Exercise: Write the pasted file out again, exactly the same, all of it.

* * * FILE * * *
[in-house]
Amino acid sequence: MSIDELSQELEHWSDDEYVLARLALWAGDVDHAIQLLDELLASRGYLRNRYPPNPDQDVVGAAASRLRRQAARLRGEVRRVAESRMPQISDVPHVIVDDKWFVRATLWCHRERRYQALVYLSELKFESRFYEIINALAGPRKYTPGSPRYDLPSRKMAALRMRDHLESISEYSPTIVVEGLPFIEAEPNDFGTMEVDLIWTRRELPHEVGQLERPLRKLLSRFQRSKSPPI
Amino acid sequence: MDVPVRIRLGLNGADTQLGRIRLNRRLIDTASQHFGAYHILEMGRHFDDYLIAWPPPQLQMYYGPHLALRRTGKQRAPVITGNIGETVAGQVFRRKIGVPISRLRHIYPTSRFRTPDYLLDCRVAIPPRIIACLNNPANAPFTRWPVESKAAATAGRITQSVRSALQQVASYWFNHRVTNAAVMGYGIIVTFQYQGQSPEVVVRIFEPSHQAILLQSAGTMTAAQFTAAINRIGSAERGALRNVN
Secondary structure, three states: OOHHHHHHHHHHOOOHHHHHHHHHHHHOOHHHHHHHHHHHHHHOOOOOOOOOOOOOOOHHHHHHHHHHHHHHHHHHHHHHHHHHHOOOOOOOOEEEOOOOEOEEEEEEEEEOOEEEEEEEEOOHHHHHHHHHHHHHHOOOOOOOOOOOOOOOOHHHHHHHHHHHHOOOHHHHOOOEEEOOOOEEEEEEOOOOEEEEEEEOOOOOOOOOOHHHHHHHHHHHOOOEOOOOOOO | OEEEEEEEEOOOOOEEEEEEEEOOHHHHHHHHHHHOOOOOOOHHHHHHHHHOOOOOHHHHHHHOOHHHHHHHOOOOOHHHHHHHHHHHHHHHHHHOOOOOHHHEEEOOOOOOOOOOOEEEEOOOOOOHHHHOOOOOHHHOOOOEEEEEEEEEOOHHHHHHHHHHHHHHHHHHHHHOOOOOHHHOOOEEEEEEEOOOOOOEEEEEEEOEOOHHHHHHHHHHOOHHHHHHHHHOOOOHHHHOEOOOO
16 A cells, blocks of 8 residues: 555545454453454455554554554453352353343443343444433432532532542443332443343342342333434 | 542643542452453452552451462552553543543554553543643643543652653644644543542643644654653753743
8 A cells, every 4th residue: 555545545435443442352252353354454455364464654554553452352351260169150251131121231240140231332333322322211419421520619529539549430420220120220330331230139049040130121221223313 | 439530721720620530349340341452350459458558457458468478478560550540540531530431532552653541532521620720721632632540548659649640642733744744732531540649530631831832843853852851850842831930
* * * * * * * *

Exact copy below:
[in-house]
Amino acid sequence: MSIDELSQELEHWSDDEYVLARLALWAGDVDHAIQLLDELLASRGYLRNRYPPNPDQDVVGAAASRLRRQAARLRGEVRRVAESRMPQISDVPHVIVDDKWFVRATLWCHRERRYQALVYLSELKFESRFYEIINALAGPRKYTPGSPRYDLPSRKMAALRMRDHLESISEYSPTIVVEGLPFIEAEPNDFGTMEVDLIWTRRELPHEVGQLERPLRKLLSRFQRSKSPPI
Amino acid sequence: MDVPVRIRLGLNGADTQLGRIRLNRRLIDTASQHFGAYHILEMGRHFDDYLIAWPPPQLQMYYGPHLALRRTGKQRAPVITGNIGETVAGQVFRRKIGVPISRLRHIYPTSRFRTPDYLLDCRVAIPPRIIACLNNPANAPFTRWPVESKAAATAGRITQSVRSALQQVASYWFNHRVTNAAVMGYGIIVTFQYQGQSPEVVVRIFEPSHQAILLQSAGTMTAAQFTAAINRIGSAERGALRNVN
Secondary structure, three states: OOHHHHHHHHHHOOOHHHHHHHHHHHHOOHHHHHHHHHHHHHHOOOOOOOOOOOOOOOHHHHHHHHHHHHHHHHHHHHHHHHHHHOOOOOOOOEEEOOOOEOEEEEEEEEEOOEEEEEEEEOOHHHHHHHHHHHHHHOOOOOOOOOOOOOOOOHHHHHHHHHHHHOOOHHHHOOOEEEOOOOEEEEEEOOOOEEEEEEEOOOOOOOOOOHHHHHHHHHHHOOOEOOOOOOO | OEEEEEEEEOOOOOEEEEEEEEOOHHHHHHHHHHHOOOOOOOHHHHHHHHHOOOOOHHHHHHHOOHHHHHHHOOOOOHHHHHHHHHHHHHHHHHHOOOOOHHHEEEOOOOOOOOOOOEEEEOOOOOOHHHHOOOOOHHHOOOOEEEEEEEEEOOHHHHHHHHHHHHHHHHHHHHHOOOOOHHHOOOEEEEEEEOOOOOOEEEEEEEOEOOHHHHHHHHHHOOHHHHHHHHHOOOOHHHHOEOOOO
16 A cells, blocks of 8 residues: 555545454453454455554554554453352353343443343444433432532532542443332443343342342333434 | 542643542452453452552451462552553543543554553543643643543652653644644543542643644654653753743
8 A cells, every 4th residue: 555545545435443442352252353354454455364464654554553452352351260169150251131121231240140231332333322322211419421520619529539549430420220120220330331230139049040130121221223313 | 439530721720620530349340341452350459458558457458468478478560550540540531530431532552653541532521620720721632632540548659649640642733744744732531540649530631831832843853852851850842831930